August 08, 2010
GUIDE | How To Thrift
Thrifted 70's jacket worn as dress
Thrifted 90's platforms
Thrifted leather briefcase
A musty smell of mold and dirty old laundry. Stained , weathered and worn down clothes. No friendly store girl offering her help. All the bad things from the 90’s; synthetic neon track jackets and tacky stretch jeans that gave who knows who a camel toe. For many, this is what comes to mind when thinking about charity or thrift stores.
To me it is paradise, a goldmine. High quality goodies for almost no money. There are still millions of unique garments out there in need of a new home. And my closet always has room for another fur coat, pair of 90s platforms or silk blouses from stylish grandma’s. Soon you’ll associate that stench of gym clothes and molded basement with gorgeous clothes. You’re going to like it so much that you won’t even bother to wash your finds before wearing them.
So how to find these garments, separate the trash from treasures and find that ‘lucky’ find? Every thrift store is packed with great finds. The key is to recognize and find beauty, it is everywhere.
1.Look for fabrics.
Those fugly neon track jackets might grab your attention so much that you overlook the black blouse in fine silk hanging right beside it. Try to discard everything you are not looking for from your view. Now, go through the racks or piles and look for prints, good quality denims, nice worn down leather, silk blouses or wool blazers. Ignore the fits and sizing. Start off by only looking at fabrics.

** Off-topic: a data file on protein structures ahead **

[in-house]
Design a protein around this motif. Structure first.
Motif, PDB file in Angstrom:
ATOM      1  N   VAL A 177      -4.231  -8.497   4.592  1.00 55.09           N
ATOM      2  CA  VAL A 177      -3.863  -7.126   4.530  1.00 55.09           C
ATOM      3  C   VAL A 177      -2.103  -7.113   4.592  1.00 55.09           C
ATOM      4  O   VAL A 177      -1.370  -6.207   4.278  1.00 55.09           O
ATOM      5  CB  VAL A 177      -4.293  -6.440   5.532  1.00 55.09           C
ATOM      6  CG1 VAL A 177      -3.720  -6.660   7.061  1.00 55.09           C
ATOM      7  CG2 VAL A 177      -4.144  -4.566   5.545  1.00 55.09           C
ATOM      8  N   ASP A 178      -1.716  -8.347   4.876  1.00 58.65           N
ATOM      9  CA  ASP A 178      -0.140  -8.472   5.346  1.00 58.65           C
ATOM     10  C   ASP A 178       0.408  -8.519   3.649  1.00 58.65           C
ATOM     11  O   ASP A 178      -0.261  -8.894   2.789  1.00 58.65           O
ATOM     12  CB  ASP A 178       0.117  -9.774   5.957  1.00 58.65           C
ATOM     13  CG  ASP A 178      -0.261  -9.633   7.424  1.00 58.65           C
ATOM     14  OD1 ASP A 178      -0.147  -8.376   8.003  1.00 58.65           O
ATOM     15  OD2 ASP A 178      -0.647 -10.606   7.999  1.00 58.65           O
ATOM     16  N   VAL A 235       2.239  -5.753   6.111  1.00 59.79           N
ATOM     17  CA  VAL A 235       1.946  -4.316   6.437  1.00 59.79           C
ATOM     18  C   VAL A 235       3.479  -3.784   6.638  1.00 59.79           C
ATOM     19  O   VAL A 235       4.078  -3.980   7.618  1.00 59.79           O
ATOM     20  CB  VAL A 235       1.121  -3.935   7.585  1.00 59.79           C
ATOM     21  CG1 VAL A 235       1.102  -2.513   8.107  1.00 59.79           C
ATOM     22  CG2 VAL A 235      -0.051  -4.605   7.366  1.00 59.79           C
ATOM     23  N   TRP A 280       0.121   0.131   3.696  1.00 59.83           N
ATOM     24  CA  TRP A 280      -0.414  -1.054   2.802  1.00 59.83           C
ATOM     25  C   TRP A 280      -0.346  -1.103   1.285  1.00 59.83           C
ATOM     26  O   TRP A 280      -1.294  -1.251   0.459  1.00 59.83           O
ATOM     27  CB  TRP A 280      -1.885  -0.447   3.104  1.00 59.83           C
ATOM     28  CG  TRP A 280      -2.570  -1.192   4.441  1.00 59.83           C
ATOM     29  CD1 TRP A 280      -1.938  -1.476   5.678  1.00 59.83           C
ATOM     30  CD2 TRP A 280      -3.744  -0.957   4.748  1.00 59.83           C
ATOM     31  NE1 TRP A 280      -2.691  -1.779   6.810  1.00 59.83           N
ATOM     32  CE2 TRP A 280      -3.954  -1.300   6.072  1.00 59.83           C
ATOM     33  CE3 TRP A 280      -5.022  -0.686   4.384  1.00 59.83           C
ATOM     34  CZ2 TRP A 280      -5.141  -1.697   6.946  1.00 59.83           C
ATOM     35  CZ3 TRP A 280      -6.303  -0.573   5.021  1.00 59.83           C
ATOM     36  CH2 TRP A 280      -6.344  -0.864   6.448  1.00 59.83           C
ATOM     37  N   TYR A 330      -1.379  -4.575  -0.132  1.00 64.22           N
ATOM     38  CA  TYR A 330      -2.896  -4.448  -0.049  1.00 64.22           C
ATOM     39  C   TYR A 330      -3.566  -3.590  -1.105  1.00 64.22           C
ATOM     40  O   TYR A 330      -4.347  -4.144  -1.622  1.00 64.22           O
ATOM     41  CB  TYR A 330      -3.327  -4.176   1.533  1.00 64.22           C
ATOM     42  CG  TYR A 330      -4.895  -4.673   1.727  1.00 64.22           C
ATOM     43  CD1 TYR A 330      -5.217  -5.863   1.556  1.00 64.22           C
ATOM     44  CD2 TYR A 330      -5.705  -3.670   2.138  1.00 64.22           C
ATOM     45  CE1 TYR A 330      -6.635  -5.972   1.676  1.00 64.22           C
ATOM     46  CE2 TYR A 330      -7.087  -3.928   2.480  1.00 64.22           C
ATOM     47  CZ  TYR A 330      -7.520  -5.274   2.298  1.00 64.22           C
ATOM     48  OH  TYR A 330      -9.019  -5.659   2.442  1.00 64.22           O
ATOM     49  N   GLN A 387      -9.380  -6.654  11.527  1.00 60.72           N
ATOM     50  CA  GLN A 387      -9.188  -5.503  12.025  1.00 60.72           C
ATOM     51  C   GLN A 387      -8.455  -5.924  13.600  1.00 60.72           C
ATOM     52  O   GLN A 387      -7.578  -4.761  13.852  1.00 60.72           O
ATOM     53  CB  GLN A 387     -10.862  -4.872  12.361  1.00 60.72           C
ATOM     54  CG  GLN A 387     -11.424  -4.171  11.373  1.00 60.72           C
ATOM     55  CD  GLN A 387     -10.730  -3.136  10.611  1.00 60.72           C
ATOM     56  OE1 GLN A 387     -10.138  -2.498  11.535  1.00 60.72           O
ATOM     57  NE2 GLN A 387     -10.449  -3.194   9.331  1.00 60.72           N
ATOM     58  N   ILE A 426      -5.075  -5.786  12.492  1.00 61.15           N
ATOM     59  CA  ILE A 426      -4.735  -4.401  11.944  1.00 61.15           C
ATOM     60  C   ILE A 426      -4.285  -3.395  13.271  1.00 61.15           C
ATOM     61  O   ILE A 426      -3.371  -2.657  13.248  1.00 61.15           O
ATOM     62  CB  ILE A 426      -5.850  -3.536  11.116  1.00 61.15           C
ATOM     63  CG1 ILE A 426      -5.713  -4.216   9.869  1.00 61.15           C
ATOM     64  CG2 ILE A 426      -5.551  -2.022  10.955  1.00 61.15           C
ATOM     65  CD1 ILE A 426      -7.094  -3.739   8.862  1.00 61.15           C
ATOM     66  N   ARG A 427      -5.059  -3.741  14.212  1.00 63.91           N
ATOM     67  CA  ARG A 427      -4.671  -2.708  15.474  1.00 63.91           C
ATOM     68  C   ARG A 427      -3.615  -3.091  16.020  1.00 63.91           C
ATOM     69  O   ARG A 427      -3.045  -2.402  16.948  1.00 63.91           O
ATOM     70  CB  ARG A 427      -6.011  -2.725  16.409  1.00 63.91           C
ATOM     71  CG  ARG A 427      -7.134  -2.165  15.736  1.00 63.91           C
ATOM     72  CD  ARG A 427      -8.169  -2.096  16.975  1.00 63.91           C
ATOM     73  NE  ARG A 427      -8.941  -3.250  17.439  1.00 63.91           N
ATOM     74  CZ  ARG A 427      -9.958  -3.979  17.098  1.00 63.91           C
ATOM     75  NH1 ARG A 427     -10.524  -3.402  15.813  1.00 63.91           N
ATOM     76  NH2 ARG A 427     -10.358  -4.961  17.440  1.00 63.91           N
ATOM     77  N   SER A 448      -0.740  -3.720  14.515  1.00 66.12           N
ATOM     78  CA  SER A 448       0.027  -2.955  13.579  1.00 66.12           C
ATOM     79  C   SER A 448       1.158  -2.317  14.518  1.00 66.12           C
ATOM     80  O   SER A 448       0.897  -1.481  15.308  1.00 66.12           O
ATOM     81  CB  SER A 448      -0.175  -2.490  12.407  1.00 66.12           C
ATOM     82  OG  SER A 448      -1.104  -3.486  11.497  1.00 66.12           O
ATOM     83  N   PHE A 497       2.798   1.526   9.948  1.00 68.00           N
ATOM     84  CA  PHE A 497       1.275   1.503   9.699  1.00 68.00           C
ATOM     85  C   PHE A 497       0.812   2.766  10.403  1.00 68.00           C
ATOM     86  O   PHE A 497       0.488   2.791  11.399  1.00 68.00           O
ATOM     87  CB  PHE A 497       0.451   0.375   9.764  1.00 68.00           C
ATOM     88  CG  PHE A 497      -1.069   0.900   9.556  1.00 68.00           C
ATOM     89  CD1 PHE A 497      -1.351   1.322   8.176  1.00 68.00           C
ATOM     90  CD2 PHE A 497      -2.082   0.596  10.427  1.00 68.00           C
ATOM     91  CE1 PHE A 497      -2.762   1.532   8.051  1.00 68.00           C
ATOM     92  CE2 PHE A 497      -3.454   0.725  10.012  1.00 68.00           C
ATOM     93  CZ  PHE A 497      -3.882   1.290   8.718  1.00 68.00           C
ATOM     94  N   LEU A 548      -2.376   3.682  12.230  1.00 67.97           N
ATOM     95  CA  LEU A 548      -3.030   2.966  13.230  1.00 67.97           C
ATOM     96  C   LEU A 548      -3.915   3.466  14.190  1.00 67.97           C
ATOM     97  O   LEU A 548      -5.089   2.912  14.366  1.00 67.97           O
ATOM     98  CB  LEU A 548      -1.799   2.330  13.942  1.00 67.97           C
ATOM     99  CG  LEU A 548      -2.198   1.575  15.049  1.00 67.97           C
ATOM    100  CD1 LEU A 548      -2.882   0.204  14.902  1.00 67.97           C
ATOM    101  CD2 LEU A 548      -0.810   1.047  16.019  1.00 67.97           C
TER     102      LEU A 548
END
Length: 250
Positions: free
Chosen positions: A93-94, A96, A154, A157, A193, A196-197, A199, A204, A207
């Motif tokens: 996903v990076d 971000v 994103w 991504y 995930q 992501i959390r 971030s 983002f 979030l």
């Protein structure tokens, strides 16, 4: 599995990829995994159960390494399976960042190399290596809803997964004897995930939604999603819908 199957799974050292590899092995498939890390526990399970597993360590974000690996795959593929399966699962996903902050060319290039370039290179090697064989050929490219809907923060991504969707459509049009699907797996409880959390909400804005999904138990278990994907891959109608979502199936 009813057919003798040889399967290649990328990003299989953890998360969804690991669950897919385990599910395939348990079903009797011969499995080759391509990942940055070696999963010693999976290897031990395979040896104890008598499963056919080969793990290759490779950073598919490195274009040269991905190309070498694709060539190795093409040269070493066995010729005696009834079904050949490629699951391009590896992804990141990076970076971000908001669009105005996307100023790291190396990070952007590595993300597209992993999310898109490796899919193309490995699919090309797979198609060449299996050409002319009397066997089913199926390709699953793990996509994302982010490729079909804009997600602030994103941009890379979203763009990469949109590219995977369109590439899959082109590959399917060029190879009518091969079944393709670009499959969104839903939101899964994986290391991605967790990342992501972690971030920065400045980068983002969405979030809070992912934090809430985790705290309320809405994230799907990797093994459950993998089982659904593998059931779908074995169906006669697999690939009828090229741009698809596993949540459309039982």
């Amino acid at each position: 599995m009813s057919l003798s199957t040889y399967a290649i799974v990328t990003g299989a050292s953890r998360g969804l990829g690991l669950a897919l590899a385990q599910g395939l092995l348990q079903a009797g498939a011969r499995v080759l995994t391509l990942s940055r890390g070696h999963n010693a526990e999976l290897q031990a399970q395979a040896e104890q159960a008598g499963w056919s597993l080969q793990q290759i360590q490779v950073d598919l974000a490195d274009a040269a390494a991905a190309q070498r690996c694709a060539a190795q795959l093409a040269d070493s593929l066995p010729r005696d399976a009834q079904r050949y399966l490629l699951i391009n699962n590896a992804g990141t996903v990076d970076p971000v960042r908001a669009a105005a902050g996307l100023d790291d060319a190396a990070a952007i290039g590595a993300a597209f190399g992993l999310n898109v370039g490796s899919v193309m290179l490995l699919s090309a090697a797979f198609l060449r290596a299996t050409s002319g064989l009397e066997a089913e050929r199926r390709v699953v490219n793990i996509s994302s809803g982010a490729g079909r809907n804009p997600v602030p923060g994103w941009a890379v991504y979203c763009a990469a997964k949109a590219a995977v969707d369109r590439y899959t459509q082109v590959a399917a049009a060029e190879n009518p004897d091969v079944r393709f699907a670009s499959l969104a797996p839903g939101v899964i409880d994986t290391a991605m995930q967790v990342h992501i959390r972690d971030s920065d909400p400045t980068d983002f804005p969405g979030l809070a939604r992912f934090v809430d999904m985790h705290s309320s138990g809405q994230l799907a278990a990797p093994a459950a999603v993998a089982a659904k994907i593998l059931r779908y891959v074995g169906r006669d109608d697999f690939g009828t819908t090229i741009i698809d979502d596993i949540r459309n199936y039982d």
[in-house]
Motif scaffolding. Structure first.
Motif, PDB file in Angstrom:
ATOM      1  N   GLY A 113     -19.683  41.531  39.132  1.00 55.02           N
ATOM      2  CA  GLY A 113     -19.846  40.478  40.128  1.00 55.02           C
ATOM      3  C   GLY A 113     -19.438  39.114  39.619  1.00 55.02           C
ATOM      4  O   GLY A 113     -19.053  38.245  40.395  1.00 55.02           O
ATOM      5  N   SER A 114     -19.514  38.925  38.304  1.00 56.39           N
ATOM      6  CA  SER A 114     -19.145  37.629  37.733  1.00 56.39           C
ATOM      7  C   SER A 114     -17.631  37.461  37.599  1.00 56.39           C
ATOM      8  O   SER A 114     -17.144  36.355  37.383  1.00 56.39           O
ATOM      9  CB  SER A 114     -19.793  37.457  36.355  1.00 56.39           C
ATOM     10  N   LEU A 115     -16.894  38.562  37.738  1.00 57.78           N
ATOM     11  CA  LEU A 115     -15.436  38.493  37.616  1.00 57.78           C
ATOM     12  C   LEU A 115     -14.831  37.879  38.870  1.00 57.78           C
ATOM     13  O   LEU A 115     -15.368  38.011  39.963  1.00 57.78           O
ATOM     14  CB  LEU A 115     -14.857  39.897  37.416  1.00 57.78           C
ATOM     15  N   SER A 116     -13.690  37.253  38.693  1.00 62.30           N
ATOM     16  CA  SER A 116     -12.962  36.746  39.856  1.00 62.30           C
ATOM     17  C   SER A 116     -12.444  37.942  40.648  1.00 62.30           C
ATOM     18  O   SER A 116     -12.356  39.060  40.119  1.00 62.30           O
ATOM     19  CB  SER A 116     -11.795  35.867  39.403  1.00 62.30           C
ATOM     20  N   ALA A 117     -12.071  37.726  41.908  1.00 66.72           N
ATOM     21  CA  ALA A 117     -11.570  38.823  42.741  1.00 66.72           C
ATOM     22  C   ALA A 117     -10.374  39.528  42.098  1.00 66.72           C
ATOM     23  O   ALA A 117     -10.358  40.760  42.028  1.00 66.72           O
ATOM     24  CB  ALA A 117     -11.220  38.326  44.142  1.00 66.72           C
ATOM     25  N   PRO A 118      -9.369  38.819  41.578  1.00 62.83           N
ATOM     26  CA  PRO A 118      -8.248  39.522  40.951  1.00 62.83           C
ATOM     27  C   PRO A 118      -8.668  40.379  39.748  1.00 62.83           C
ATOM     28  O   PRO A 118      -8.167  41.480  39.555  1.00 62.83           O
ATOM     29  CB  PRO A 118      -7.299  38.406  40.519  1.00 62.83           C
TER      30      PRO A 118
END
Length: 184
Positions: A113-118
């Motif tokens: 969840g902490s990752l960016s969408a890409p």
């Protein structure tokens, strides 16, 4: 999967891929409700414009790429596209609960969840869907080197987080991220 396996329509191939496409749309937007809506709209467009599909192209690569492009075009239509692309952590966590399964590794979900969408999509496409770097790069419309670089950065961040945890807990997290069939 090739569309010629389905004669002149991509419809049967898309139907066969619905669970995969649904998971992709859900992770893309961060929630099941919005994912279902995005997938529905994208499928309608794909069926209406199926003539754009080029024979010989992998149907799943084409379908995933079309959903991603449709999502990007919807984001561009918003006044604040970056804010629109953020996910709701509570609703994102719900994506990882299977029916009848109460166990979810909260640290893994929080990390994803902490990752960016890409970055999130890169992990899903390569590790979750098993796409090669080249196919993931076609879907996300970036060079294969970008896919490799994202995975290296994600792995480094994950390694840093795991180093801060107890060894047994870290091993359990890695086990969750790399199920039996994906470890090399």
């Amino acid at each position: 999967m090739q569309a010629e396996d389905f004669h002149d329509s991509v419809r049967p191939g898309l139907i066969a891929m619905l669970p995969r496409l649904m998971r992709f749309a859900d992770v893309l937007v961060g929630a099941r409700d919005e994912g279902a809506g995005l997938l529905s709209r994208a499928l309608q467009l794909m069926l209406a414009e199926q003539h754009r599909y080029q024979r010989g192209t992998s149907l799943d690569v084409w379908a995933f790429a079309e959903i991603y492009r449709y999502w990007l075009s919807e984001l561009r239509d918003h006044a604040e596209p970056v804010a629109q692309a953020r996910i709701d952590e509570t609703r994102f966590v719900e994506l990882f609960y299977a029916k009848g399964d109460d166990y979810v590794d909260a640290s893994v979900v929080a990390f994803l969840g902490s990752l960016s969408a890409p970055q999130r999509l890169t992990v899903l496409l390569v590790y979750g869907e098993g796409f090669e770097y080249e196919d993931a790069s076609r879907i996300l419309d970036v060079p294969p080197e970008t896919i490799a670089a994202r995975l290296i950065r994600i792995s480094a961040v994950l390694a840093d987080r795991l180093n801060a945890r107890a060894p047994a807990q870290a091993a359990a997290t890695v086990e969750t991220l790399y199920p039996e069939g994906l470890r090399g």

You now have a pile of garments in the right colors and materials. To make a selection on which clothes you are taking with you try to estimate the size and fit by viewing it. (Keep ignoring those size labels!) A ‘too small’ blazer for little boys could be a nice short and fitted blazer on you. A huge ‘too big’ grandpa blazer could be your next wool winter coat á la Yamamoto and Comme des Garçons. Vintage and secondhand clothes rarely fit according to their labels because they often come from another era or region.
Try some things on, think of how they will look belted, look for stains and damages and make a selection. Keep in mind that the garment will look more polished after washing and ironing it. Also hit up accessory section, where for sizing applies one size fits(almost) all. Belts, bold 80s and 90s jewelry, antique jewelry, leather purses, silk scarves, brooches etcetera.
Alterations that could be made
-Too big trousers can be worn highwaisted and paperbaged at the top. Or cut short and then be worn like a highwaisted paperbag short.
-Too big dresses can be cut short, or easily be turned into a jumpsuit.
-Too short(or big) dresses can be cut in two so you’ll be left with a skirt + blouse.
The British clothing and textiles sector on its own currently produces around 3.1 million tons of CO2 per year, 70 million tons of waste water per year with 1.5 million tons of unwanted rest clothing per year. An average Japanese woman buys around 10 kilo’s of clothes and disposes around 9 kilo’s of clothes every year. 2.1 million tons of textile are disposed of in landfills every year. Fashions are becoming faster and the amount of clothes produced is out of proportions. There are enough clothes on the world already. Invest in well designed, high quality garments that will last or go thrifting and recycle. Allright enough with environmental activism, I guess its a result of watching too much Captain Planet back in the days.